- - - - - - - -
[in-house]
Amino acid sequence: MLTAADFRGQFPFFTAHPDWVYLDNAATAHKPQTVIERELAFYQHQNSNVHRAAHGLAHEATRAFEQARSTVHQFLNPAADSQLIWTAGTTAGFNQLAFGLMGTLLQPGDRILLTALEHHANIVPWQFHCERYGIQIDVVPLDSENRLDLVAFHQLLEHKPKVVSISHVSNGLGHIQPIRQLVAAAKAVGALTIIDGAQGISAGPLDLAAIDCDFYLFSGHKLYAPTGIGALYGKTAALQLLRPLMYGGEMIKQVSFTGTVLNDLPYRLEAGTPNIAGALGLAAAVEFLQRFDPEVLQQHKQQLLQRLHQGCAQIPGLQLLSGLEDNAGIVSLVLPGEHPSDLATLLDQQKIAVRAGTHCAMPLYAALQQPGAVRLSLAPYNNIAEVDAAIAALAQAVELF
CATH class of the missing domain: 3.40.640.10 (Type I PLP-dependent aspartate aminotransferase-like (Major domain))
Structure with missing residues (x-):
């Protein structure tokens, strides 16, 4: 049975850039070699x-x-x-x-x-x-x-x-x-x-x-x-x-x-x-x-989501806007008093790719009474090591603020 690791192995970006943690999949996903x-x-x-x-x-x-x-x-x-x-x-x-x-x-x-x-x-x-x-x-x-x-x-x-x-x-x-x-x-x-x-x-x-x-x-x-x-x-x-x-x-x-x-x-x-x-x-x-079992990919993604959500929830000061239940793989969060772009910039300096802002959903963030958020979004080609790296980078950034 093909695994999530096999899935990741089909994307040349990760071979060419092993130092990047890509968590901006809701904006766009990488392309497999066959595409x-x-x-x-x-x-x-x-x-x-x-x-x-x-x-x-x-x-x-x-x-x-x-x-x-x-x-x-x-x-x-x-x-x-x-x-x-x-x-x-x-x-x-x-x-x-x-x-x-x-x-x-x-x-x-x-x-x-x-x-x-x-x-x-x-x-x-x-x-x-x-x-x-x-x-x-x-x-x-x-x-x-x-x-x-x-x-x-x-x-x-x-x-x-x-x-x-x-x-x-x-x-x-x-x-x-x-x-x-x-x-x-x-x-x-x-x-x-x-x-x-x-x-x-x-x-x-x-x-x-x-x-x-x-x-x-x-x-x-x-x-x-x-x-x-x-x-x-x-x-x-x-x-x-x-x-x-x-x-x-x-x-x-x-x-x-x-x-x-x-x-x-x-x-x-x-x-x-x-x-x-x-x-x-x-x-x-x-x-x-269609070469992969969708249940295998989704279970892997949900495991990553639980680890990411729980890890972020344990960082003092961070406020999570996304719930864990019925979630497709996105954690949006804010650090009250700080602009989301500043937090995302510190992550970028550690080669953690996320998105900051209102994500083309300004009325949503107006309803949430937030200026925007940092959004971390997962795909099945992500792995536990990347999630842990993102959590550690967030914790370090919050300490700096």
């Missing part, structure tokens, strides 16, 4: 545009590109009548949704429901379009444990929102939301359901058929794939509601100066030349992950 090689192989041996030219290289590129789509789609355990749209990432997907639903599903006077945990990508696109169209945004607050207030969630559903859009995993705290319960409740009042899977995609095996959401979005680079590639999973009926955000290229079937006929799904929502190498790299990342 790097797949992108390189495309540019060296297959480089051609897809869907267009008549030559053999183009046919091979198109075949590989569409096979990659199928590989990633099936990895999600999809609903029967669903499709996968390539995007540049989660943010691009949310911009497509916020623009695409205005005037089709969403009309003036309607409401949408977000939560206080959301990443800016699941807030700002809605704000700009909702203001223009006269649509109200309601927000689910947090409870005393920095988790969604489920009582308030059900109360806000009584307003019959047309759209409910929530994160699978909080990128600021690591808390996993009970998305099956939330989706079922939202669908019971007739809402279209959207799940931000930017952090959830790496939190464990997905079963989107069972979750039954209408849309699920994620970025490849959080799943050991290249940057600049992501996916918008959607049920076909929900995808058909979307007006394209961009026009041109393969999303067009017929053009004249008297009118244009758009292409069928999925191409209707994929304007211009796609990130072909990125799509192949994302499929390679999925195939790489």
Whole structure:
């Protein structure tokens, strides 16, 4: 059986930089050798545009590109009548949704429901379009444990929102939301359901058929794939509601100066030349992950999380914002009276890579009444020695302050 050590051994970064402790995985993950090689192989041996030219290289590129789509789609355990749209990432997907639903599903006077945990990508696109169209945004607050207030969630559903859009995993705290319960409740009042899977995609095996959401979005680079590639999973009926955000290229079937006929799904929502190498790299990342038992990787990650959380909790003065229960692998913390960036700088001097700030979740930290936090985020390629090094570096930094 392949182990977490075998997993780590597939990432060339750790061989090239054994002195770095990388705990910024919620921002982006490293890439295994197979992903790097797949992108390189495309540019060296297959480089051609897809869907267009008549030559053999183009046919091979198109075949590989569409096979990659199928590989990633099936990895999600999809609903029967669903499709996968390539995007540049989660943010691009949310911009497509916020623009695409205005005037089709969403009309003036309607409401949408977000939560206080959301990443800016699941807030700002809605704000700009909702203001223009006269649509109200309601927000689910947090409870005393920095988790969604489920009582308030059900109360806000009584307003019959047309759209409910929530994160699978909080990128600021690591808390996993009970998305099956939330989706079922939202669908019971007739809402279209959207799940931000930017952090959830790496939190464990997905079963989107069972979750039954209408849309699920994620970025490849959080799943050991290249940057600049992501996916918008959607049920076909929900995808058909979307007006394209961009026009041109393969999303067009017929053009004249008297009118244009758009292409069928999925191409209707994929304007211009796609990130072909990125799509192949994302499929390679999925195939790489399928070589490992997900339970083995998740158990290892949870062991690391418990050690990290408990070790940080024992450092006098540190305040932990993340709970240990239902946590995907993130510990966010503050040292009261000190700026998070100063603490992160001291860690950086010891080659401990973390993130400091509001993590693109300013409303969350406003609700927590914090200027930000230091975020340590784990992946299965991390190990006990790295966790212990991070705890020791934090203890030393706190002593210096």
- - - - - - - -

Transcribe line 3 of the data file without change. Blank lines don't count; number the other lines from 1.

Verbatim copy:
CATH class of the missing domain: 3.40.640.10 (Type I PLP-dependent aspartate aminotransferase-like (Major domain))